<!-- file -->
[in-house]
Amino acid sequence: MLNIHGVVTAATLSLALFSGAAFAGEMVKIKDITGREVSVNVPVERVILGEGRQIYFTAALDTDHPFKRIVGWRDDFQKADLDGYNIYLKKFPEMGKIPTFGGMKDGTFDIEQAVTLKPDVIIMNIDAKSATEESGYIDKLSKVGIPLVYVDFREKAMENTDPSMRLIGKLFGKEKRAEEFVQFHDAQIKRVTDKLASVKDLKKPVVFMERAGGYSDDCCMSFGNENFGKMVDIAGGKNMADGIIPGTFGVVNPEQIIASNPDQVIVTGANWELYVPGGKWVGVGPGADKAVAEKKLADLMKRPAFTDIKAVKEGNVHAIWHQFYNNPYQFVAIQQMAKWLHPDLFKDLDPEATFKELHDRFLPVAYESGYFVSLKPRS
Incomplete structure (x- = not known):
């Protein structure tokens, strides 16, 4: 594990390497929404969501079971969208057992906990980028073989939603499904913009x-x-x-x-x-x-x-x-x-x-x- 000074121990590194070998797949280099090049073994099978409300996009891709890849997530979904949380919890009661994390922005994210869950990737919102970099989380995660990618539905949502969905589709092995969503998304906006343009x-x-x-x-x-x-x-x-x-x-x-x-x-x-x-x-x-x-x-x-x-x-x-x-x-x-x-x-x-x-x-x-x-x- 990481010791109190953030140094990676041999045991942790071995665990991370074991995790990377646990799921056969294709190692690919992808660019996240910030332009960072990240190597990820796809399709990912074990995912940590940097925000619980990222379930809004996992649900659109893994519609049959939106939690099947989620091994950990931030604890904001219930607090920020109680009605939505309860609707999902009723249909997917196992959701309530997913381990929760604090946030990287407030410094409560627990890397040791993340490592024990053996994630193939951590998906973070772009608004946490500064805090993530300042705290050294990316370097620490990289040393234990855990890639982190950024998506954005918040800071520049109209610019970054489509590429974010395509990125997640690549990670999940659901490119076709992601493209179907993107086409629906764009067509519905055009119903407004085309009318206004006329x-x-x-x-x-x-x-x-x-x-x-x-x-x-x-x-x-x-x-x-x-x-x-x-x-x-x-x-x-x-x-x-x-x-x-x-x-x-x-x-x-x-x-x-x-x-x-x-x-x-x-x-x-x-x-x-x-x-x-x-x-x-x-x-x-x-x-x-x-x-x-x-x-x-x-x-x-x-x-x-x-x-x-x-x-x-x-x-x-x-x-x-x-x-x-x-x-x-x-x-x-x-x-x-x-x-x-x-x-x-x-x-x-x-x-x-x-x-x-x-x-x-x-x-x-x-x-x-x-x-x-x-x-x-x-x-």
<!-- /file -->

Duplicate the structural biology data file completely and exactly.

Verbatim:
[in-house]
Amino acid sequence: MLNIHGVVTAATLSLALFSGAAFAGEMVKIKDITGREVSVNVPVERVILGEGRQIYFTAALDTDHPFKRIVGWRDDFQKADLDGYNIYLKKFPEMGKIPTFGGMKDGTFDIEQAVTLKPDVIIMNIDAKSATEESGYIDKLSKVGIPLVYVDFREKAMENTDPSMRLIGKLFGKEKRAEEFVQFHDAQIKRVTDKLASVKDLKKPVVFMERAGGYSDDCCMSFGNENFGKMVDIAGGKNMADGIIPGTFGVVNPEQIIASNPDQVIVTGANWELYVPGGKWVGVGPGADKAVAEKKLADLMKRPAFTDIKAVKEGNVHAIWHQFYNNPYQFVAIQQMAKWLHPDLFKDLDPEATFKELHDRFLPVAYESGYFVSLKPRS
Incomplete structure (x- = not known):
């Protein structure tokens, strides 16, 4: 594990390497929404969501079971969208057992906990980028073989939603499904913009x-x-x-x-x-x-x-x-x-x-x- 000074121990590194070998797949280099090049073994099978409300996009891709890849997530979904949380919890009661994390922005994210869950990737919102970099989380995660990618539905949502969905589709092995969503998304906006343009x-x-x-x-x-x-x-x-x-x-x-x-x-x-x-x-x-x-x-x-x-x-x-x-x-x-x-x-x-x-x-x-x-x- 990481010791109190953030140094990676041999045991942790071995665990991370074991995790990377646990799921056969294709190692690919992808660019996240910030332009960072990240190597990820796809399709990912074990995912940590940097925000619980990222379930809004996992649900659109893994519609049959939106939690099947989620091994950990931030604890904001219930607090920020109680009605939505309860609707999902009723249909997917196992959701309530997913381990929760604090946030990287407030410094409560627990890397040791993340490592024990053996994630193939951590998906973070772009608004946490500064805090993530300042705290050294990316370097620490990289040393234990855990890639982190950024998506954005918040800071520049109209610019970054489509590429974010395509990125997640690549990670999940659901490119076709992601493209179907993107086409629906764009067509519905055009119903407004085309009318206004006329x-x-x-x-x-x-x-x-x-x-x-x-x-x-x-x-x-x-x-x-x-x-x-x-x-x-x-x-x-x-x-x-x-x-x-x-x-x-x-x-x-x-x-x-x-x-x-x-x-x-x-x-x-x-x-x-x-x-x-x-x-x-x-x-x-x-x-x-x-x-x-x-x-x-x-x-x-x-x-x-x-x-x-x-x-x-x-x-x-x-x-x-x-x-x-x-x-x-x-x-x-x-x-x-x-x-x-x-x-x-x-x-x-x-x-x-x-x-x-x-x-x-x-x-x-x-x-x-x-x-x-x-x-x-x-x-």